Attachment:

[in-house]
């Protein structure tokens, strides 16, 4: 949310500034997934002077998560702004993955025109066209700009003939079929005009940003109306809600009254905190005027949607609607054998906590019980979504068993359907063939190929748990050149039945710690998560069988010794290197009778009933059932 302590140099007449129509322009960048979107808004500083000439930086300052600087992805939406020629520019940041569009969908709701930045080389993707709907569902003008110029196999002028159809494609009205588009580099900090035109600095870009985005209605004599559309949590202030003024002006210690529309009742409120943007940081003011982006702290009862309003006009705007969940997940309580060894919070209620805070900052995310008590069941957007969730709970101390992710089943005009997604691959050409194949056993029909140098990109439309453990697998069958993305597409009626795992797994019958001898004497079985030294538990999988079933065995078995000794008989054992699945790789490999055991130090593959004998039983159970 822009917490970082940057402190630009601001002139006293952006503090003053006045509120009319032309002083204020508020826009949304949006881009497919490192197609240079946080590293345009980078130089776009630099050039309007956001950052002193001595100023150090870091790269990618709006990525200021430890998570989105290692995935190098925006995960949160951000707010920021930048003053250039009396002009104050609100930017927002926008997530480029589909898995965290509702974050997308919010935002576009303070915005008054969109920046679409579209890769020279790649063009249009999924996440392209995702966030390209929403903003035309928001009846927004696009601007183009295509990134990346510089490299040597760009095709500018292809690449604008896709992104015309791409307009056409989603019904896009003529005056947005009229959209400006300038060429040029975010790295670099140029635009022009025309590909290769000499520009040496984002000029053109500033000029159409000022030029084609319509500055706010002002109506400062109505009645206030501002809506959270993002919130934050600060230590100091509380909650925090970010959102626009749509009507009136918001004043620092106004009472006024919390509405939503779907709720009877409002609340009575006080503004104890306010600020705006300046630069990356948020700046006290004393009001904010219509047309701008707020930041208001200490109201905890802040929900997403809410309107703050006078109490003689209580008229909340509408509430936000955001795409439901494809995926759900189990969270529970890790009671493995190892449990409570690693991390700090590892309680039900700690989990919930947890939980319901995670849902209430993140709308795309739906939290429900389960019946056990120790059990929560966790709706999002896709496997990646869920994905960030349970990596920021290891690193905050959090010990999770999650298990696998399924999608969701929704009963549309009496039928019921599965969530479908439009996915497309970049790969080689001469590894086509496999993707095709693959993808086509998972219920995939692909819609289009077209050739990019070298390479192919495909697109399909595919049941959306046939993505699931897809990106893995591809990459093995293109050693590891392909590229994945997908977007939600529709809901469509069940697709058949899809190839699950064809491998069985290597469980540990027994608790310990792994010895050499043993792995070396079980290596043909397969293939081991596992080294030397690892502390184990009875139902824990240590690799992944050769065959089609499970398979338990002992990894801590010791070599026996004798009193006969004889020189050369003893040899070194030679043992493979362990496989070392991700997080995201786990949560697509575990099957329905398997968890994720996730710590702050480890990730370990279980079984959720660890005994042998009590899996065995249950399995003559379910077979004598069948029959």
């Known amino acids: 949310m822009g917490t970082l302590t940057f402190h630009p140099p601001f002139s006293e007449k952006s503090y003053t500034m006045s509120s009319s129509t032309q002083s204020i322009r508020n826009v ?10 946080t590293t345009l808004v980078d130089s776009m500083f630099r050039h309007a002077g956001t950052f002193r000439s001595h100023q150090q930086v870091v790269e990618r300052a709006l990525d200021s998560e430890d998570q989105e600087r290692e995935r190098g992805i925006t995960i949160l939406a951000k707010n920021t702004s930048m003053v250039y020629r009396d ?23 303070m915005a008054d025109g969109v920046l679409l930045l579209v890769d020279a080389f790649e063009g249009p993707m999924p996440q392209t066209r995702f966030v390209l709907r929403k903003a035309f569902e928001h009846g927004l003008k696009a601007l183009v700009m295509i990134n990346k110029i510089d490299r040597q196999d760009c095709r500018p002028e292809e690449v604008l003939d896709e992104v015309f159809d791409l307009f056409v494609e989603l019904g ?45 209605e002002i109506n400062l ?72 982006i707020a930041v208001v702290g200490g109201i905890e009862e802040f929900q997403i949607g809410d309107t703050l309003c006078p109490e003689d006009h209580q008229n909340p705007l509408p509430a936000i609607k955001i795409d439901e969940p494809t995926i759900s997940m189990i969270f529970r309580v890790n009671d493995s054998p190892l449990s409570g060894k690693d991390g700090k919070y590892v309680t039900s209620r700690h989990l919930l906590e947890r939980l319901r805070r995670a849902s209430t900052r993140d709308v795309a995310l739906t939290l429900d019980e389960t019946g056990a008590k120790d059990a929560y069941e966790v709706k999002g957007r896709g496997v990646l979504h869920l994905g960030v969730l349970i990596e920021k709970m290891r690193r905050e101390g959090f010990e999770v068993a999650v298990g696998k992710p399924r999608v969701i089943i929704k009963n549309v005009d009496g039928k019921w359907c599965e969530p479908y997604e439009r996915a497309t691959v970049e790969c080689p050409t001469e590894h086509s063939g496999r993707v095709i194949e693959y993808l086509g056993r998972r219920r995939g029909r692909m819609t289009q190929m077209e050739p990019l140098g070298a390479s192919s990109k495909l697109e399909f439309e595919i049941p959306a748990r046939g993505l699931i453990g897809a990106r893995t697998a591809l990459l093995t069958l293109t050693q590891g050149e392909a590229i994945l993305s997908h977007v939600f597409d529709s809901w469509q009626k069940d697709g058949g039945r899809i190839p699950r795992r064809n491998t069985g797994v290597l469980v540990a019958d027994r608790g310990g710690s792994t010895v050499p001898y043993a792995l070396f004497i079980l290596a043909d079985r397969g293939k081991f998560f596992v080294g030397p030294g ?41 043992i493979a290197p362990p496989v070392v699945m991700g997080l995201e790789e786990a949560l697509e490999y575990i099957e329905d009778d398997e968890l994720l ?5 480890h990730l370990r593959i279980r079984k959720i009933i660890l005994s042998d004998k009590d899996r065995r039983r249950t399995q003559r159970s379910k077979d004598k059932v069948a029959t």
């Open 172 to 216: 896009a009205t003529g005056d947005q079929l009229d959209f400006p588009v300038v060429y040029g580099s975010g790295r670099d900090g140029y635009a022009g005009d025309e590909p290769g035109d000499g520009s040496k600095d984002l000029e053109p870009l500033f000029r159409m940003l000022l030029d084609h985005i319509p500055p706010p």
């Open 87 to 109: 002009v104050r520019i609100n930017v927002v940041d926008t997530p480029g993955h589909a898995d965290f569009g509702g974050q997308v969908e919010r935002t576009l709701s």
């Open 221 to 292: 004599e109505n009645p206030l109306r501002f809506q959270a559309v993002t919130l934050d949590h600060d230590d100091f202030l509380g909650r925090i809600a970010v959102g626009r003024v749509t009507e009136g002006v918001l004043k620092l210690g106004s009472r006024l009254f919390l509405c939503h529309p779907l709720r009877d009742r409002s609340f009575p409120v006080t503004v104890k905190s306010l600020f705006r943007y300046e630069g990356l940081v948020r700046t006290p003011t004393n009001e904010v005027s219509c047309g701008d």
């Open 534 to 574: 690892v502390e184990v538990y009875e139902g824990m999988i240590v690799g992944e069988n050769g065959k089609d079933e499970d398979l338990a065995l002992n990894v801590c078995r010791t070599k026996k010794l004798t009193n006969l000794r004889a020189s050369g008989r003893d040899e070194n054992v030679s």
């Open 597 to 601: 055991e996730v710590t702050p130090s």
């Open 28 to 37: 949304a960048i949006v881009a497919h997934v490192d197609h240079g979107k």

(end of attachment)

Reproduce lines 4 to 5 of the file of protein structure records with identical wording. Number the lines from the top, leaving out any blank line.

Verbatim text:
């Open 172 to 216: 896009a009205t003529g005056d947005q079929l009229d959209f400006p588009v300038v060429y040029g580099s975010g790295r670099d900090g140029y635009a022009g005009d025309e590909p290769g035109d000499g520009s040496k600095d984002l000029e053109p870009l500033f000029r159409m940003l000022l030029d084609h985005i319509p500055p706010p």
């Open 87 to 109: 002009v104050r520019i609100n930017v927002v940041d926008t997530p480029g993955h589909a898995d965290f569009g509702g974050q997308v969908e919010r935002t576009l709701s």